“She was alright... you’d never know that was his daughter, would you?”. I am not sure what I have walked into as I step into the mess room at the start of my shift.
D adds “Yeah, but you look at who we have now and it is no one even worth looking at”. I look round at the group of men in their 50s and think I probably know what this conversation is. I am fairly sure I don’t want to.
“Yeah, dolly bird, big tits, face like a slapped arse down the other end”. “Oh yeah, I know the one, she won’t even smile at you, though”, K adds.
“Let’s not do this”, I suggest. “There really is no reason for you to speak about anyone like that, particularly if it’s someone we work with.” D comes in again: “They are on stations” [i.e. not drivers]. That doesn’t make it any better, I think.
K comes back: “You aren’t interested, are you? That’s why you don’t want this chat. Oh well, we all best shut up then”. I roll my eyes and suggest if anyone wonders why some of the women drivers never eat in the mess room when there is a group of men in there.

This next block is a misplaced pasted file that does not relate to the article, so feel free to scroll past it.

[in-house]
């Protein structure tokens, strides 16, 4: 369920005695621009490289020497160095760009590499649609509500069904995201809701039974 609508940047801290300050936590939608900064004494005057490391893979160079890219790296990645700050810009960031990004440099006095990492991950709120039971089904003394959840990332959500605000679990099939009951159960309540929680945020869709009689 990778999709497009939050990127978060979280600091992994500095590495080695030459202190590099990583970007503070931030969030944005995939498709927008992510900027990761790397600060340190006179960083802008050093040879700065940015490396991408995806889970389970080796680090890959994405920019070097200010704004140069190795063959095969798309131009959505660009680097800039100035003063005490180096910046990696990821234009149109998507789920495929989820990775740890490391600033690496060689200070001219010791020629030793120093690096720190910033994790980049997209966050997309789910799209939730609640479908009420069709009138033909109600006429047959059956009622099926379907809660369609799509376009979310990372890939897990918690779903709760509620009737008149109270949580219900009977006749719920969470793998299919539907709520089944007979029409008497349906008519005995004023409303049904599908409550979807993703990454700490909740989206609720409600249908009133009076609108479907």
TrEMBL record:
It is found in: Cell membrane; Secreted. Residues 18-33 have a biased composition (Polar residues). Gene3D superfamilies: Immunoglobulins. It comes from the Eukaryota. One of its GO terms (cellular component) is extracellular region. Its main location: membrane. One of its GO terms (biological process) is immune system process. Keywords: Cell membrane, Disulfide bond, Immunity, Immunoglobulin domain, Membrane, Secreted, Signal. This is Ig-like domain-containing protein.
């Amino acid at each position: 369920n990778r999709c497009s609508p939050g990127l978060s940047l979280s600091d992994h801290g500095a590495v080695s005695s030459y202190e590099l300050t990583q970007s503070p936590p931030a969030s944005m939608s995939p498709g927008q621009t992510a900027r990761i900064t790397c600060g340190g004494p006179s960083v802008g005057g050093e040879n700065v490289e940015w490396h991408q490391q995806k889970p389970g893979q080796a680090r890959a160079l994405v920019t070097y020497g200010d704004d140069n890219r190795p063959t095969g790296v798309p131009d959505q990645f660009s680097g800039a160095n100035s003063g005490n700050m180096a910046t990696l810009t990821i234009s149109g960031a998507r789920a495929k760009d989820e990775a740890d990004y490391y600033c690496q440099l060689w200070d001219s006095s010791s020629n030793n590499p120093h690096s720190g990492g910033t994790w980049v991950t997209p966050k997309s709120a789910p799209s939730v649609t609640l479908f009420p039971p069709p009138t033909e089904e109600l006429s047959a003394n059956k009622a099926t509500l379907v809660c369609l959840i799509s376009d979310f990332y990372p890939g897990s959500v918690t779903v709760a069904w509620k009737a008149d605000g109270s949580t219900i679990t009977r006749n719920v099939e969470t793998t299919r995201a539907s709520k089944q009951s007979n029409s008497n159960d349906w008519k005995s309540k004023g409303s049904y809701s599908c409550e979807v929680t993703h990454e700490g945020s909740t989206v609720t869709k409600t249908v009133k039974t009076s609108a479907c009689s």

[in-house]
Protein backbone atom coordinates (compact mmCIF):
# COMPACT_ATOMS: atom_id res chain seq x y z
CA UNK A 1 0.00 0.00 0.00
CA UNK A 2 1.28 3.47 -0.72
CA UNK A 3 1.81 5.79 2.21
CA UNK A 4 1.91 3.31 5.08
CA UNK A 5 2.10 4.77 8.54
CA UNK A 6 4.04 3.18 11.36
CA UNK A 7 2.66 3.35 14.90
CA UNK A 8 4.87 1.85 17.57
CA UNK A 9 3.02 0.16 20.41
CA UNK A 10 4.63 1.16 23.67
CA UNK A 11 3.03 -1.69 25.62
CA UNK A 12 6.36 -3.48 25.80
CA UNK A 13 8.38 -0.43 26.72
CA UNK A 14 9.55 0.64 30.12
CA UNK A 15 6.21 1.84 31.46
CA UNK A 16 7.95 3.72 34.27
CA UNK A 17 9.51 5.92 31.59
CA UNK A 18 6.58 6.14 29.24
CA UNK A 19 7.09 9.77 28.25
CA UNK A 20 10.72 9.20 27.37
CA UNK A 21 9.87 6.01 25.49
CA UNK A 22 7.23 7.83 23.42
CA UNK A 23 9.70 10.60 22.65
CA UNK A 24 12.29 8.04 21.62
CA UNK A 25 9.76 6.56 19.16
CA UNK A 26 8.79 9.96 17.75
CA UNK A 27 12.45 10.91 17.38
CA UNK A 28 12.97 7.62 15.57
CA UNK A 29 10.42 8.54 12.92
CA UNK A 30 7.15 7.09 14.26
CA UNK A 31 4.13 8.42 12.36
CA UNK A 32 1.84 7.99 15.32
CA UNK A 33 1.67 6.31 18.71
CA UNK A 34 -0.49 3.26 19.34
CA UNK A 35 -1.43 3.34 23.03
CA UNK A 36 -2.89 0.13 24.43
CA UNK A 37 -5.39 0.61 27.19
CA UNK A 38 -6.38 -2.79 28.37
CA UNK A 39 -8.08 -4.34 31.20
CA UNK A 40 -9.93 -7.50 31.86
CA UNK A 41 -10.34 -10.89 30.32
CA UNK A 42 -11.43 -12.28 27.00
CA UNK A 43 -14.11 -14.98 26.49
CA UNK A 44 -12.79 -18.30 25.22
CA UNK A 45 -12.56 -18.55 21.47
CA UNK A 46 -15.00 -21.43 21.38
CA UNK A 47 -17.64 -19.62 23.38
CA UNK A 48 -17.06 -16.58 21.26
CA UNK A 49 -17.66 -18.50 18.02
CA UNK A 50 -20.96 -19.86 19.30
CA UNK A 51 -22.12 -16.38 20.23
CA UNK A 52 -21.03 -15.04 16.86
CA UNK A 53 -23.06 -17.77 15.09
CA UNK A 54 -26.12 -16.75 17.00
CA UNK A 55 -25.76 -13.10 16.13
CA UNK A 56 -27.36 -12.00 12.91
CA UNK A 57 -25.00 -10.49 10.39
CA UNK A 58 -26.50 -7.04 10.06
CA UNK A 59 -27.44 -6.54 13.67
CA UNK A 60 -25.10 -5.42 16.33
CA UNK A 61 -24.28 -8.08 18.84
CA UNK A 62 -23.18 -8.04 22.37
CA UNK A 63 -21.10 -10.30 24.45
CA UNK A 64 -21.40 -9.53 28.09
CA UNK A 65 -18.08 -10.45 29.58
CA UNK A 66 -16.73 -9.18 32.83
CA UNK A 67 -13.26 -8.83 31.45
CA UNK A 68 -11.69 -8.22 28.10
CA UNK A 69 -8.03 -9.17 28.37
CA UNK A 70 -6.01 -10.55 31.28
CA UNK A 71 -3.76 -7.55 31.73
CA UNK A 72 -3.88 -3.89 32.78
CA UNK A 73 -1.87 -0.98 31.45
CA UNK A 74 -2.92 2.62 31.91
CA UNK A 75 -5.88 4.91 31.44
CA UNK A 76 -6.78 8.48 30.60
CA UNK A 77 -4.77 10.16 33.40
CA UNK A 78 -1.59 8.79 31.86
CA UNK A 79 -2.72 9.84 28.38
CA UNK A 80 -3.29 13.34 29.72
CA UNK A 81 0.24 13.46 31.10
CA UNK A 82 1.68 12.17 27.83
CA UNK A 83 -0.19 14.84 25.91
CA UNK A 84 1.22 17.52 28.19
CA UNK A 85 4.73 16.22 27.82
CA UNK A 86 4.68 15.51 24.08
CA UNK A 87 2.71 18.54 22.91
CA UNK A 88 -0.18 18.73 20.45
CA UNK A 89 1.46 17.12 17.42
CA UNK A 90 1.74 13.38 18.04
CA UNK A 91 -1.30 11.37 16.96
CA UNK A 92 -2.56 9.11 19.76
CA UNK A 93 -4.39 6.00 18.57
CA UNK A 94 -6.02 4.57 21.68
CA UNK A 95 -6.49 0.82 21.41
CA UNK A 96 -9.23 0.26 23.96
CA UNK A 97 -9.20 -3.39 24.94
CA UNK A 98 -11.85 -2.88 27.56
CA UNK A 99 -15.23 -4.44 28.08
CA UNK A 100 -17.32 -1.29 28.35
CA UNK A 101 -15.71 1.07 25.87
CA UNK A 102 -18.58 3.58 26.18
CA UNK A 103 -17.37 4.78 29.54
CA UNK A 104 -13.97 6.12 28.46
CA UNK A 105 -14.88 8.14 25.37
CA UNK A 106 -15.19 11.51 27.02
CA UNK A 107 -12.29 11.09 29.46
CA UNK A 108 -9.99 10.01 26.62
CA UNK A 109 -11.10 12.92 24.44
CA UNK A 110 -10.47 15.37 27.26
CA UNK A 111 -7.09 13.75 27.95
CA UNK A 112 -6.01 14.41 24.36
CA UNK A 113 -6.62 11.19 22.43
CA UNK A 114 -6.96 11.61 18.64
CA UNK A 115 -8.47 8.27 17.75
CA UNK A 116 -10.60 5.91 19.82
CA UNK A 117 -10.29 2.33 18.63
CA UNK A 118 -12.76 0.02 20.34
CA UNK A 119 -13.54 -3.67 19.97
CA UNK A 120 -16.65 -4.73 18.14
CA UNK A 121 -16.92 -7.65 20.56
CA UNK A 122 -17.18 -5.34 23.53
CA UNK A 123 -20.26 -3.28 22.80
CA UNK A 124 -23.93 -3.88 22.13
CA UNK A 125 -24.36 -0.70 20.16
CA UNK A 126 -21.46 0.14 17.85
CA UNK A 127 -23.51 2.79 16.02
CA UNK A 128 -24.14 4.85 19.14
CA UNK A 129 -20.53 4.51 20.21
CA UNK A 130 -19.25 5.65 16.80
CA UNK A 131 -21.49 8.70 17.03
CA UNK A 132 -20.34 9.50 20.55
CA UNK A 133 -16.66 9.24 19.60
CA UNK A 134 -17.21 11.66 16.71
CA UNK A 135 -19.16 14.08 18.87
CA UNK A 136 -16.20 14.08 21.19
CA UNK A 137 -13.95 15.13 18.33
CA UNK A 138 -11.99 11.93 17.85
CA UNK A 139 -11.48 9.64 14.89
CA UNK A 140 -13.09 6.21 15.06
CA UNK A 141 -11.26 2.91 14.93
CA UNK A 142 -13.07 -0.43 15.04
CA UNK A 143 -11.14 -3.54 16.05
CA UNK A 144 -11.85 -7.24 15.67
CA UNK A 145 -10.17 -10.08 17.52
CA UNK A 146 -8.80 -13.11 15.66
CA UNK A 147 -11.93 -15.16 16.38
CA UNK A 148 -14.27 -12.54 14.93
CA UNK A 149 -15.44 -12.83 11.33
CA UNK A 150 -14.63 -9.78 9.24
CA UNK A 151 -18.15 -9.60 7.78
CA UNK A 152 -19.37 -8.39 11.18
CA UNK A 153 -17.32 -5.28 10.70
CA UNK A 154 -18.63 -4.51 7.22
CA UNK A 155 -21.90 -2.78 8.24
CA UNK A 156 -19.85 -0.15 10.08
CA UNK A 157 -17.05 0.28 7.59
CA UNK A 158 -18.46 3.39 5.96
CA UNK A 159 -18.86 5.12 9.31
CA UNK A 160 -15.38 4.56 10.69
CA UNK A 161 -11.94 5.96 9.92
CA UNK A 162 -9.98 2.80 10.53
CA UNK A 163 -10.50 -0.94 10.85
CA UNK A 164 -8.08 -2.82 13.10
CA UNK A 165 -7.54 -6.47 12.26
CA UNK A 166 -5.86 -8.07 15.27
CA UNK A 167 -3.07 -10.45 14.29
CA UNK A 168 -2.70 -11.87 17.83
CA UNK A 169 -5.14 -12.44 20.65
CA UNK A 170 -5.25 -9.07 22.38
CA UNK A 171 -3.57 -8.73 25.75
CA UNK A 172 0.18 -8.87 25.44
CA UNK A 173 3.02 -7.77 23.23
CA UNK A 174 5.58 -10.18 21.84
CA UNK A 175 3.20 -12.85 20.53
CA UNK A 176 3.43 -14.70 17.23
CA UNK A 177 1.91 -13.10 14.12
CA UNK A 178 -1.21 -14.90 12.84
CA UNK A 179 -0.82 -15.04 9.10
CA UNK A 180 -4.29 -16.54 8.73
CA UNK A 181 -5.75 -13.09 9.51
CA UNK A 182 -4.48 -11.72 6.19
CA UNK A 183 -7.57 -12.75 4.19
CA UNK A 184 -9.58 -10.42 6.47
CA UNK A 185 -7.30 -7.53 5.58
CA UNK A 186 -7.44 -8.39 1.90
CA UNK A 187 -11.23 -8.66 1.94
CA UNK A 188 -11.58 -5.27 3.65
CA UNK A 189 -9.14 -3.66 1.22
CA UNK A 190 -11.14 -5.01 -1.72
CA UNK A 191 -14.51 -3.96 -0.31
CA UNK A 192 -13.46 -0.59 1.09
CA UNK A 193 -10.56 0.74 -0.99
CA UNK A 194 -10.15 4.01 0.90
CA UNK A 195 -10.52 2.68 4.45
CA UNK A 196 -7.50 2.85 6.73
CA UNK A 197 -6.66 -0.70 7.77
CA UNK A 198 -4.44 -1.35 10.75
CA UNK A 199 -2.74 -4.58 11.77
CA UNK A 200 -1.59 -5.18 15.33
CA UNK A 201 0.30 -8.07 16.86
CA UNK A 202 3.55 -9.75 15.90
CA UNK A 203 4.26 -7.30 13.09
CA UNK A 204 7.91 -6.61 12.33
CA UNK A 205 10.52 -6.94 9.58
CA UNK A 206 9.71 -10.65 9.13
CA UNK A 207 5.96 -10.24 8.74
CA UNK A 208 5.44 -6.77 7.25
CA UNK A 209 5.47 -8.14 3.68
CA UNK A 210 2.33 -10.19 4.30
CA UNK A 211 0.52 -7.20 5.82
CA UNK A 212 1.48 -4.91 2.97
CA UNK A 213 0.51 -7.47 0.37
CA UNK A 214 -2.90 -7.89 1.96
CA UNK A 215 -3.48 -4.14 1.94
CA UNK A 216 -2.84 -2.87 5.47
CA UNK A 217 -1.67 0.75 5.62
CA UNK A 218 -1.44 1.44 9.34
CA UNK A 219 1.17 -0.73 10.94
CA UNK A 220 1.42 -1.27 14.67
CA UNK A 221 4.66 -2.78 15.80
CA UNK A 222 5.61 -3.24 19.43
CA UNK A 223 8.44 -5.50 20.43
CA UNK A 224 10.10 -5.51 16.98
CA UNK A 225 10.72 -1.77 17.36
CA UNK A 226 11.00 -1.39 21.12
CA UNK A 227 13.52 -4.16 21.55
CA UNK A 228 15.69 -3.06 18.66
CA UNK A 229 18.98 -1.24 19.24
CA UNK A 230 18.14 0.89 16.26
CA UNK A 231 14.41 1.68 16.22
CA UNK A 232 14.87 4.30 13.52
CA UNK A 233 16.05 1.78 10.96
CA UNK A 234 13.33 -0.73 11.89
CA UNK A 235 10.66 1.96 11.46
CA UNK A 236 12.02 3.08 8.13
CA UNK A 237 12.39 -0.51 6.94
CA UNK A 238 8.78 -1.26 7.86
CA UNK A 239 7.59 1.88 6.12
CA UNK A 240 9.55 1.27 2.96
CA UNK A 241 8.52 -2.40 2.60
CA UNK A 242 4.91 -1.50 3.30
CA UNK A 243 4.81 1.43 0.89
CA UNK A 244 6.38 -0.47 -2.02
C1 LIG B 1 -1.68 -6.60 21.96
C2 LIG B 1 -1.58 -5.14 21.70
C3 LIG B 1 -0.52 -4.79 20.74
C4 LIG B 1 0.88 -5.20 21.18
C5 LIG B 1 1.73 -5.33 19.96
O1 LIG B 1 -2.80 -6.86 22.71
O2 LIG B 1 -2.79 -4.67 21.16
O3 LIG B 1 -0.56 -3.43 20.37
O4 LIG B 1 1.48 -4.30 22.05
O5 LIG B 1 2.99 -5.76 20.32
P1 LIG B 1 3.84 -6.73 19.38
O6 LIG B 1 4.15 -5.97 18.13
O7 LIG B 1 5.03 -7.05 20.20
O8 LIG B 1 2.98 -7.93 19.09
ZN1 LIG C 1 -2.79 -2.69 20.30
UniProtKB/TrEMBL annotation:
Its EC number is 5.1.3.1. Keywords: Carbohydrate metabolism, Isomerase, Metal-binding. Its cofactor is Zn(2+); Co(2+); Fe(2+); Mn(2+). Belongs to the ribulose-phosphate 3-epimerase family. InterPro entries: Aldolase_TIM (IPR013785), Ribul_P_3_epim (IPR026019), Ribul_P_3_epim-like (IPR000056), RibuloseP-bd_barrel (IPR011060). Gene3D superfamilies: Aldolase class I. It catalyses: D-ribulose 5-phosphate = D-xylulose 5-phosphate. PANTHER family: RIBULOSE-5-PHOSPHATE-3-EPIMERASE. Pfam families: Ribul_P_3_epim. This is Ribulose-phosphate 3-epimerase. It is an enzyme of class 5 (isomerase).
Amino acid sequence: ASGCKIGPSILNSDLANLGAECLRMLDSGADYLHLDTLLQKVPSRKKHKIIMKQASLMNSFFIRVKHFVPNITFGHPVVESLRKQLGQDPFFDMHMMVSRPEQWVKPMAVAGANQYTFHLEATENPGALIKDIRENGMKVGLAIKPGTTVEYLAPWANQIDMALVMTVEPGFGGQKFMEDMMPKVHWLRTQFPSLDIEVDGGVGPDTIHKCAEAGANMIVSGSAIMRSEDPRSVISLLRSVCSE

The conversation moves on while I get a cup of tea. “When are the union going to ask us all about whether we can do overtime? I don’t see why we don’t have the opportunity to do it when other grades can”. “You want to be careful what you wish for”, W says when he comes in. “On the buses we got overtime in and then the jobs started going, they rely on it in the end. It helps them really, not us.”
D says: “And ultimately you can put forward that we take a vote on it, but you have to come to the branch and do it. And a lot of us are guilty about not actually putting up what we talk about here. I wanted the condensed four-day week, but people that didn’t won that argument because they turned up and put something forward.”
People mumble and pick up their bags and go off to pick up trains. W says: “Every year people ask the same thing but no one puts it forward. Maybe this year will be the one…”
• Jay Dawkey is a driver on London Underground